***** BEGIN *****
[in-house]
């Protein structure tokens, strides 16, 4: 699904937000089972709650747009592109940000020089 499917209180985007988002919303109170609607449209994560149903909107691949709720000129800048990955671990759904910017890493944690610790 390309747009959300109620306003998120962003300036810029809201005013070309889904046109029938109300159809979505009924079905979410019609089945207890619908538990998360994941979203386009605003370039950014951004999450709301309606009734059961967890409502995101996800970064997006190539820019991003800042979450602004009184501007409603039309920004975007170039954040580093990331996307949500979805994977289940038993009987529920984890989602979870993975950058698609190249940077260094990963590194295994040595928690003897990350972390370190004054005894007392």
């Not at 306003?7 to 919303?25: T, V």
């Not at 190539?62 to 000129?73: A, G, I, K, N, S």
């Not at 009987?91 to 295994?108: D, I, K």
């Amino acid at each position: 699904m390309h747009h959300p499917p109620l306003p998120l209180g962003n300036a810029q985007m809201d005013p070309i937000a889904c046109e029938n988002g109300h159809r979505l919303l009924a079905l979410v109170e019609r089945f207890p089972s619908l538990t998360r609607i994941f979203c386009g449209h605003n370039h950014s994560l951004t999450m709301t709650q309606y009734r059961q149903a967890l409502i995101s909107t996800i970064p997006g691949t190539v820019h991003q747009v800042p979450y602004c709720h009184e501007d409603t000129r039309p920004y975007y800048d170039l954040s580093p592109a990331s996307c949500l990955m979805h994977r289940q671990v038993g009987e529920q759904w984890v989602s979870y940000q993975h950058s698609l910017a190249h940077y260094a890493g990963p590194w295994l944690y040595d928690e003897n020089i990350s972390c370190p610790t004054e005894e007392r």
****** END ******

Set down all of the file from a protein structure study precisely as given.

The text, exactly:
[in-house]
């Protein structure tokens, strides 16, 4: 699904937000089972709650747009592109940000020089 499917209180985007988002919303109170609607449209994560149903909107691949709720000129800048990955671990759904910017890493944690610790 390309747009959300109620306003998120962003300036810029809201005013070309889904046109029938109300159809979505009924079905979410019609089945207890619908538990998360994941979203386009605003370039950014951004999450709301309606009734059961967890409502995101996800970064997006190539820019991003800042979450602004009184501007409603039309920004975007170039954040580093990331996307949500979805994977289940038993009987529920984890989602979870993975950058698609190249940077260094990963590194295994040595928690003897990350972390370190004054005894007392």
């Not at 306003?7 to 919303?25: T, V």
């Not at 190539?62 to 000129?73: A, G, I, K, N, S």
């Not at 009987?91 to 295994?108: D, I, K």
């Amino acid at each position: 699904m390309h747009h959300p499917p109620l306003p998120l209180g962003n300036a810029q985007m809201d005013p070309i937000a889904c046109e029938n988002g109300h159809r979505l919303l009924a079905l979410v109170e019609r089945f207890p089972s619908l538990t998360r609607i994941f979203c386009g449209h605003n370039h950014s994560l951004t999450m709301t709650q309606y009734r059961q149903a967890l409502i995101s909107t996800i970064p997006g691949t190539v820019h991003q747009v800042p979450y602004c709720h009184e501007d409603t000129r039309p920004y975007y800048d170039l954040s580093p592109a990331s996307c949500l990955m979805h994977r289940q671990v038993g009987e529920q759904w984890v989602s979870y940000q993975h950058s698609l910017a190249h940077y260094a890493g990963p590194w295994l944690y040595d928690e003897n020089i990350s972390c370190p610790t004054e005894e007392r």